Mice with genetic inhibition (AC3-I) of the multifunctional Ca2+/calmodulin dependent protein kinase II (CaMKII) have improved cardiomyocyte survival after ischemia. Some K+ currents are up-regulated in AC3-I hearts, but it is unknown if CaMKII inhibition increases the ATP sensitive K+ current (IKATP) that underlies ischemic preconditioning (IP) and confers resistance to ischemia. We hypothesized increased IKATP was part of the mechanism for improved ventricular myocyte survival during ischemia in AC3-I mice. AC3-I hearts were protected against global ischemia due to enhanced IP compared to wild type (WT) and transgenic control (AC3-C) hearts. IKATP was significantly increased, while the negative regulatory dose-dependence of ATP was unchanged in AC3-I compared to WT and AC3-C ventricular myocytes, suggesting that CaMKII inhibition increased the number of functional IKATP channels available for IP. We measured increased sarcolemmal Kir6.2, a pore-forming IKATP subunit, but not a change in total Kir6.2 in cell lysates or single channel IKATP opening probability from AC3-I compared to WT and AC3-C ventricles, showing CaMKII inhibition increased sarcolemmal IKATP channel expression. There were no differences in mRNA for genes encoding IKATP channel subunits in AC3-I, WT and AC3-C ventricles. The IKATP opener pinacidil (100 mM) reduced MI area in WT to match AC3-I hearts, while the IKATP antagonist HMR1098 (30 mM) increased MI area to an equivalent level in all groups, indicating that increased IKATP and augmented IP are important for reduced ischemic cell death in AC3-I hearts. Our study results show CaMKII inhibition enhances beneficial effects of IP by increasing IKATP.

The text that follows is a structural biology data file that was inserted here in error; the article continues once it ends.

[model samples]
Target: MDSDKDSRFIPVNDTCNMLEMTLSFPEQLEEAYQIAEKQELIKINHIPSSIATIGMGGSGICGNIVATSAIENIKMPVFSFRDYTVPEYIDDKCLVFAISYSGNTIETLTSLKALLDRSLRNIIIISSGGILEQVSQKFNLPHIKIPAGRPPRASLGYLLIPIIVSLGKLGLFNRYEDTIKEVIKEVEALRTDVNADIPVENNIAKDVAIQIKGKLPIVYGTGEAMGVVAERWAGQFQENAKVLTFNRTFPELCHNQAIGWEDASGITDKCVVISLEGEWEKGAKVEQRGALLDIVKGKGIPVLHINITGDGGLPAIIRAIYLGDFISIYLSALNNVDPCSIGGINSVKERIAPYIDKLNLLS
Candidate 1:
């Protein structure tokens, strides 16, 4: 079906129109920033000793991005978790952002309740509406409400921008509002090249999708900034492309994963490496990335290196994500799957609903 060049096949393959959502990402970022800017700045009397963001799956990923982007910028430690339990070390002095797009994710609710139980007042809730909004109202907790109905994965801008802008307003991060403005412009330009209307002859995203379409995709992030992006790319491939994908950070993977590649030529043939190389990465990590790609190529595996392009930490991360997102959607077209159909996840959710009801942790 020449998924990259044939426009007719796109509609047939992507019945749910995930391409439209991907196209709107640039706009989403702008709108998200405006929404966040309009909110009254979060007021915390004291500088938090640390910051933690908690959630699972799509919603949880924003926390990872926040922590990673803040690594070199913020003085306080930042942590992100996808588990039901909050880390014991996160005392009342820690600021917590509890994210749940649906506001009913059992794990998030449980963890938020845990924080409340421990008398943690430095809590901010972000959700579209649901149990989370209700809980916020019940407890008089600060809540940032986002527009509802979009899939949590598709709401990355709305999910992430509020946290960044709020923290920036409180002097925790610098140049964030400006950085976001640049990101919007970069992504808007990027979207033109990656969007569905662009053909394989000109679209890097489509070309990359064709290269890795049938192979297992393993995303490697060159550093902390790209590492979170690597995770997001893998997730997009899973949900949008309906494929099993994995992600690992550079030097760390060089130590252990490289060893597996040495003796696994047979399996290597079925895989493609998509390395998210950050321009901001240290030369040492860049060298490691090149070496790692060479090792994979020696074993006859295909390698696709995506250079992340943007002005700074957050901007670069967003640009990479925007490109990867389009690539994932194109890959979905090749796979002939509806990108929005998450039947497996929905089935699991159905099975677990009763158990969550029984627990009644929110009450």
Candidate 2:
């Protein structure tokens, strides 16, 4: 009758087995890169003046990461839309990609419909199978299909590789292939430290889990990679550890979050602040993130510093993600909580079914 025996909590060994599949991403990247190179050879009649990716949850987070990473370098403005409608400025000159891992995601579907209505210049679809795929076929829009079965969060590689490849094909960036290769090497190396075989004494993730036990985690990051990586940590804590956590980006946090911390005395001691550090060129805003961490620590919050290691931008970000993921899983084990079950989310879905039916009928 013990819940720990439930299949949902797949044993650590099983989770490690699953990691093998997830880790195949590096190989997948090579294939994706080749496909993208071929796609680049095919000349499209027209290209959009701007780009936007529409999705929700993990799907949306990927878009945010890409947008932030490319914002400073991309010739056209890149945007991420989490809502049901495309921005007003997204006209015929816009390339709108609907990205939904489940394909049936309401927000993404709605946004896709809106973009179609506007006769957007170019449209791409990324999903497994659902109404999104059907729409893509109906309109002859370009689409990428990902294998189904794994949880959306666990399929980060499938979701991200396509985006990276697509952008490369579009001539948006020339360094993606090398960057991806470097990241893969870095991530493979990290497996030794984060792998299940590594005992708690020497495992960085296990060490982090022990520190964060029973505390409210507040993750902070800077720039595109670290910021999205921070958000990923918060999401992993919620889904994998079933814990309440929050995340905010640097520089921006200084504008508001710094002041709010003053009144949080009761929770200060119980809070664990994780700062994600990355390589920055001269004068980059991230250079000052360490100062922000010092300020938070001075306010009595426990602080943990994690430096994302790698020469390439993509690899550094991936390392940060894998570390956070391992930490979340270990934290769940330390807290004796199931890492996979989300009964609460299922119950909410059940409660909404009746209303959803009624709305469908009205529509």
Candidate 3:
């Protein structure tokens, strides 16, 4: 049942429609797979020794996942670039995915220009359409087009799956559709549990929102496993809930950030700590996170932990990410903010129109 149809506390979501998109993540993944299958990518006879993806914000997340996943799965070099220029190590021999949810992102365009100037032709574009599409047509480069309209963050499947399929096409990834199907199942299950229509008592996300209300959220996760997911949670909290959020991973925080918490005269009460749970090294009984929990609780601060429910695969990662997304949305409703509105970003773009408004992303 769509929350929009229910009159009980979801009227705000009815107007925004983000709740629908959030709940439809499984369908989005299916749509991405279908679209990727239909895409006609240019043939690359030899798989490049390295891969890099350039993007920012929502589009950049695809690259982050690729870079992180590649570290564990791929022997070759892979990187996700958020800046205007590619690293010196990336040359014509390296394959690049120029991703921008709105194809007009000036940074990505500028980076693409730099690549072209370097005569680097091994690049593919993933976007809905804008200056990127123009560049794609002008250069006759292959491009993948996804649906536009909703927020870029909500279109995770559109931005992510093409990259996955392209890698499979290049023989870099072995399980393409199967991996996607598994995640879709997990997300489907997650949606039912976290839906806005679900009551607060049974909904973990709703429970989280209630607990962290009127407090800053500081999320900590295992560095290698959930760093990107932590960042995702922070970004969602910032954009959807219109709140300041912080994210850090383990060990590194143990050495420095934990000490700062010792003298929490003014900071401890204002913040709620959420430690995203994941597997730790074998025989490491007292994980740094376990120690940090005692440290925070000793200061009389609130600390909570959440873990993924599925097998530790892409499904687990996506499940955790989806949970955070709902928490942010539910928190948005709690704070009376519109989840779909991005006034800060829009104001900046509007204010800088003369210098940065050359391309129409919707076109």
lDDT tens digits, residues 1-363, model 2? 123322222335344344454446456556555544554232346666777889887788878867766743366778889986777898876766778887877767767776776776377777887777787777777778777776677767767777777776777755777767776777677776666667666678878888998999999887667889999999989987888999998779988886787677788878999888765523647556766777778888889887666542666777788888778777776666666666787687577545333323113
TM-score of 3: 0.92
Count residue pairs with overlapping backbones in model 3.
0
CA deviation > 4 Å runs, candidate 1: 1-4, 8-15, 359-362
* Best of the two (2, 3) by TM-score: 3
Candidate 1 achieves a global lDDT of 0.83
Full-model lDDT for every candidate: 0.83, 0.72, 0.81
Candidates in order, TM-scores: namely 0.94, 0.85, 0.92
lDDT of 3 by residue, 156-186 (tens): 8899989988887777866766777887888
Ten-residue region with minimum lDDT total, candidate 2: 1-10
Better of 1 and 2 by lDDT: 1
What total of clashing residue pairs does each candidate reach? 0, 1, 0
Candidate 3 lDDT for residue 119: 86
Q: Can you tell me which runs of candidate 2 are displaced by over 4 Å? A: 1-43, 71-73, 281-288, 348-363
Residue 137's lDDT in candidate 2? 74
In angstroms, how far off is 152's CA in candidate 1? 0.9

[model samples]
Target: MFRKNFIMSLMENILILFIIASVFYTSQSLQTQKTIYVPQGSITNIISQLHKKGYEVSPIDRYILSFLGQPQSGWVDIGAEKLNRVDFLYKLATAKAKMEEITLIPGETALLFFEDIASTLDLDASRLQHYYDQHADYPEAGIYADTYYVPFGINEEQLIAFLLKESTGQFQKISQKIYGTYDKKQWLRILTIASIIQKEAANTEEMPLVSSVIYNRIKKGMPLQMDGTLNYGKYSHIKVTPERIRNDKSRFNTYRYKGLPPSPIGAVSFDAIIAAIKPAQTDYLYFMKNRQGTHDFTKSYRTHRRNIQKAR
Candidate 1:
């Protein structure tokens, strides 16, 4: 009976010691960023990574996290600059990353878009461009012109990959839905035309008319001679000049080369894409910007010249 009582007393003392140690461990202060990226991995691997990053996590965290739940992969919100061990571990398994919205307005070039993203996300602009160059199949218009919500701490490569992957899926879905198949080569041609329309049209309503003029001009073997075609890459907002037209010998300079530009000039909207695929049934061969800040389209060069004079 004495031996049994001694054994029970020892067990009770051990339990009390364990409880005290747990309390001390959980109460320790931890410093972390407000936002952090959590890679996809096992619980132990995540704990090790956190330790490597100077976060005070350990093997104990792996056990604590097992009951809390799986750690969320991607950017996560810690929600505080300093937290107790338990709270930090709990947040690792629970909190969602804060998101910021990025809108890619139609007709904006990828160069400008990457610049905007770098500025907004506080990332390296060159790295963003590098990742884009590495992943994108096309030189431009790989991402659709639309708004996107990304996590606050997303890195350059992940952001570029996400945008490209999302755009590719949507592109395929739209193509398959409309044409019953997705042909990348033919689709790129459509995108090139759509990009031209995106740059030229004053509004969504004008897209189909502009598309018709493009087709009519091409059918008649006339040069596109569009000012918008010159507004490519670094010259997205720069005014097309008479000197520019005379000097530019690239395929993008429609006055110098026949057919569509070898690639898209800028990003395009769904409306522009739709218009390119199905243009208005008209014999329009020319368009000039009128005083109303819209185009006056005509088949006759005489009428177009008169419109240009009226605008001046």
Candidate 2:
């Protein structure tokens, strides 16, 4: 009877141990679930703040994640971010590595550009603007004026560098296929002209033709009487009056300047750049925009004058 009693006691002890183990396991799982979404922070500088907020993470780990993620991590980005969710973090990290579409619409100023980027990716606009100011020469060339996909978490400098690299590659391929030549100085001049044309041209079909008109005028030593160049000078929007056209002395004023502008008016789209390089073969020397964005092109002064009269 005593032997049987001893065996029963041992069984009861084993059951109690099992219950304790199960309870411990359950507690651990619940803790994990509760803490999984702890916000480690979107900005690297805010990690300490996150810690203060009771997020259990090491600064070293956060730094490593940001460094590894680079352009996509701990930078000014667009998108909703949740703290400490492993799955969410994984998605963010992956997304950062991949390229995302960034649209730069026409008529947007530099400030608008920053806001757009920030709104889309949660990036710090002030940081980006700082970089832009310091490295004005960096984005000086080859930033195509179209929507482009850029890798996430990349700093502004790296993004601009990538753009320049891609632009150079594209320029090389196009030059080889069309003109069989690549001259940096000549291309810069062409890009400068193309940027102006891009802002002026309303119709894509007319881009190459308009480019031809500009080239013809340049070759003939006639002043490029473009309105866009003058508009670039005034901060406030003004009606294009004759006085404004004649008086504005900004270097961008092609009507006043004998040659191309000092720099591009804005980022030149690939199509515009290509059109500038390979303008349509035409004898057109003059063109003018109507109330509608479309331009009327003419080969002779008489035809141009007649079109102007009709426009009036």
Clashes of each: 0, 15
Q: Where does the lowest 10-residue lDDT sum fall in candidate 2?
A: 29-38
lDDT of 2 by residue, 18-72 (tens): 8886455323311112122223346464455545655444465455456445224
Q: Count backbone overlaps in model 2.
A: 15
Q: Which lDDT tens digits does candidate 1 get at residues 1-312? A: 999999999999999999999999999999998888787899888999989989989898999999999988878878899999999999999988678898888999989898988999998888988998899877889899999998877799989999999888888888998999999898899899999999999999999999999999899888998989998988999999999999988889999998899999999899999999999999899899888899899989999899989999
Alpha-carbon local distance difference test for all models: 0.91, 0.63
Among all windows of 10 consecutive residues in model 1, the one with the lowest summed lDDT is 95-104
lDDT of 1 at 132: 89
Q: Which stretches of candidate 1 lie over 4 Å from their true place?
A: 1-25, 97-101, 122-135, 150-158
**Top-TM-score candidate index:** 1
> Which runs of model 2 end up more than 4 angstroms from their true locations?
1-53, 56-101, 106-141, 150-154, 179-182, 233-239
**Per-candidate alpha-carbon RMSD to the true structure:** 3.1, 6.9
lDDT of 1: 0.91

- ATPdependent potassium channel
- Calmodulin kinase II
- Ischemic preconditioning
ASJC Scopus subject areas